If you’re running this 20-mile race, you don’t want to focus on the next 10 feet in front of you and “Can I make it another 100 feet?” You want to focus on how it’s going to feel when you hold your arms up and go across the finish line. That’s kind of what led me through all these challenges, is focusing on that finish line, not how much the race was going to cost or how high the brick walls were that I had to climb over.

That was just par for the course for me to get to the finish line and the end result was that Motor Millions generated tens of millions of dollars. Thousands and thousands of people all over the country made incredible amounts of money. It was the start of my success going to my real estate infomercial and writing a book.

I look back now, Dan, and even if Motor Millions had failed, I got it out there. It was the launching pad for me to get into the next level of my life. What if at that point in my life, I let this so-called expert talk me out of my passion? What if I let my dad talk me out of my passion? What if I let my best friend, who I knew since kindergarten, who told me I was absolutely crazy, and I was going to lose everything, what if I let them talk my out of my passions?

I’d probably still be in Marlboro, in my little town in New York. I’d probably still be fixing cars. (Probably not, but I would have found another way.) They’re the kinds of things that affect that pivotal decision in your life: “Am I going to go after my passion?” Realize that it scares people, stops them in their tracks, “What if it fails?”

If you turn that failure into nothing more than an incredible lesson, it takes the scariness out. “If it fails, at least I know what not to do the next time I try it.”

Dan Kuschell: What are three things people can do in the coming week to put into practice the principles you’re talking about with your incredible concept, Totally Fulfilled—It’s Easier Than You Think?

Dean Graziosi: People should find the one, strongest, limiting belief that’s holding you back in your life. How do you do that? Ask yourself what you wish you would have done over the last couple years, things you would have changed, and find the one consistent belief you have on why you didn’t achieve it?

You’ve been wanting to make more money for four years, but you just never left your job. What is the reason you don’t leave your job? Is it because you don’t want your family to starve? Do friends and family around you tell you you’re crazy for trying something new?

Do everything in your power to change it to a limitless belief. If you say you haven’t made extra money because you didn’t go to school, then change it to a limitless belief. Instead of saying, “I can’t make a lot of money because I never went past high school,” change it to, “I know that my success is only reliant on my actions and my ability to take action, not my schooling.”

If you think it takes money to make money, believe me, I had absolutely nothing. Use me as an example. Change it and say, “People like Dean Graziosi, Dan Kuschell and thousands of other multi-millionaires have generated more money than most people will ever do in their lives, starting with nothing. If they can do it, I can do it.”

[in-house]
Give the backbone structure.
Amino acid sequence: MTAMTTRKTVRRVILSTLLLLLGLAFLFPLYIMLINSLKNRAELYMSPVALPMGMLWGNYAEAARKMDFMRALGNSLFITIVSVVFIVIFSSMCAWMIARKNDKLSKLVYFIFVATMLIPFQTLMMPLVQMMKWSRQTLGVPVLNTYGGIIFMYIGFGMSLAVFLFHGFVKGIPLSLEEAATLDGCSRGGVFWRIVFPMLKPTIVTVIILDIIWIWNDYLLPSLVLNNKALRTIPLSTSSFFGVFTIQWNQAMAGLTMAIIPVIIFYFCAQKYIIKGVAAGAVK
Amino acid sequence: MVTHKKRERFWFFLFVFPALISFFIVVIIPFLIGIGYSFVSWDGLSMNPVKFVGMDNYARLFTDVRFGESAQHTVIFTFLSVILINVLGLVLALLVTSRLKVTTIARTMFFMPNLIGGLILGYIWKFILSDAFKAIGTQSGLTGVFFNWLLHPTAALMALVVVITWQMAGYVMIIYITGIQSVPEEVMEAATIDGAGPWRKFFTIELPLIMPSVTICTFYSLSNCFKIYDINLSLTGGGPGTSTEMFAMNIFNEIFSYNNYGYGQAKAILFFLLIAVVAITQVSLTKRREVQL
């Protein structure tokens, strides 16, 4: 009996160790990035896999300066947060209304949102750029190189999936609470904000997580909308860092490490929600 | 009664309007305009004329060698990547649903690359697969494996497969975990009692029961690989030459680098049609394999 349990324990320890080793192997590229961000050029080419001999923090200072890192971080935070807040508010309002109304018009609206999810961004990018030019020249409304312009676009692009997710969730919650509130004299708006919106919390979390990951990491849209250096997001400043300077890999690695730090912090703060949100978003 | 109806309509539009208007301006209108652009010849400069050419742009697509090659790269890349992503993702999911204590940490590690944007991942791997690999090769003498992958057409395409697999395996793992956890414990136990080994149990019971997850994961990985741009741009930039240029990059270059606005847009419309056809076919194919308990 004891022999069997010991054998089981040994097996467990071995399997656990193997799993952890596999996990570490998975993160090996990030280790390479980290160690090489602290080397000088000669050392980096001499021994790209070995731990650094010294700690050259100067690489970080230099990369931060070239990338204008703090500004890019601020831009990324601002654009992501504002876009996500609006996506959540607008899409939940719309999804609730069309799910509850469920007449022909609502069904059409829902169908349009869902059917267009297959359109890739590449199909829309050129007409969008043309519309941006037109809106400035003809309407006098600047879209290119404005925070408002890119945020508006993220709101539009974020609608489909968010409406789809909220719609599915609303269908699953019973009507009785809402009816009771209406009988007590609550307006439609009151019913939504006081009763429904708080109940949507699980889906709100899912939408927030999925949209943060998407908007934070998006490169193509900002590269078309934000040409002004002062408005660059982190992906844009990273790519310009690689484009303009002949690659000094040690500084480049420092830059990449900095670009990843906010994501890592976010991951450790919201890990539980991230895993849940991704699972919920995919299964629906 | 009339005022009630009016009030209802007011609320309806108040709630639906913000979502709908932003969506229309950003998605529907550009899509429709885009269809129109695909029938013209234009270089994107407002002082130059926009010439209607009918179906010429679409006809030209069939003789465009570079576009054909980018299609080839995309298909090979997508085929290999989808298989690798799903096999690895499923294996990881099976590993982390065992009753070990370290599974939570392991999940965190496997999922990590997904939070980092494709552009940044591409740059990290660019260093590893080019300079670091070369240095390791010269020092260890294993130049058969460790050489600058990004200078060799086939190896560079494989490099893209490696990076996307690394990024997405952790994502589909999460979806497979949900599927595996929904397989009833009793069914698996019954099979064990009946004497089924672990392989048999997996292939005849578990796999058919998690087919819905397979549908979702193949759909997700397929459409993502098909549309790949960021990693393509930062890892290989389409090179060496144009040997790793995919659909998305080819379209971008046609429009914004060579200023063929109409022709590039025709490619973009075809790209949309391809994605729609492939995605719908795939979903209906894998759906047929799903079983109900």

Change a limited belief into a limitless belief, that’s number one. Number two is to find the biggest obstacle that’s holding you back in your life. What is the excuse you’ve been using over and over that is holding you back from taking your life to another level? Find it—write down everything that’s holding you back.

I would say to categorize them as excuses or challenges. Everybody loves a challenge and nobody likes making excuses. Do this will all of your obstacles—turn them into either excuses or challenges and address them accordingly.

The last thing I’d say to do is to set a goal with purpose and passion. Embrace change—you only said three, so I’m going to use the goal setting instead of change. Write down five things you want to accomplish, but don’t just write down ”I want to make a lot of money and I want to have a better relationship.”

I want you to dig in and find the purpose for it. Say to yourself, “Why do I want a better relationship?” and let yourself dream as that kid, let yourself live it and dream about that goal as a reality. Let that emotion sink in. Next to putting “a better relationship,” I want you to associate the emotions that came with that relationship. In wanting more money, what are the emotions that go along with that goal?

If it’s the goal of giving because you want to take care of your family, or you want to feel confident or have security in your old age or you want to know that you are in control and you have the freedom to make choices, those are the emotions that go with the goals. Write five goals and attach the emotions that go with those goals. Those three things alone can take your life, starting this week, to another level.

To be continued…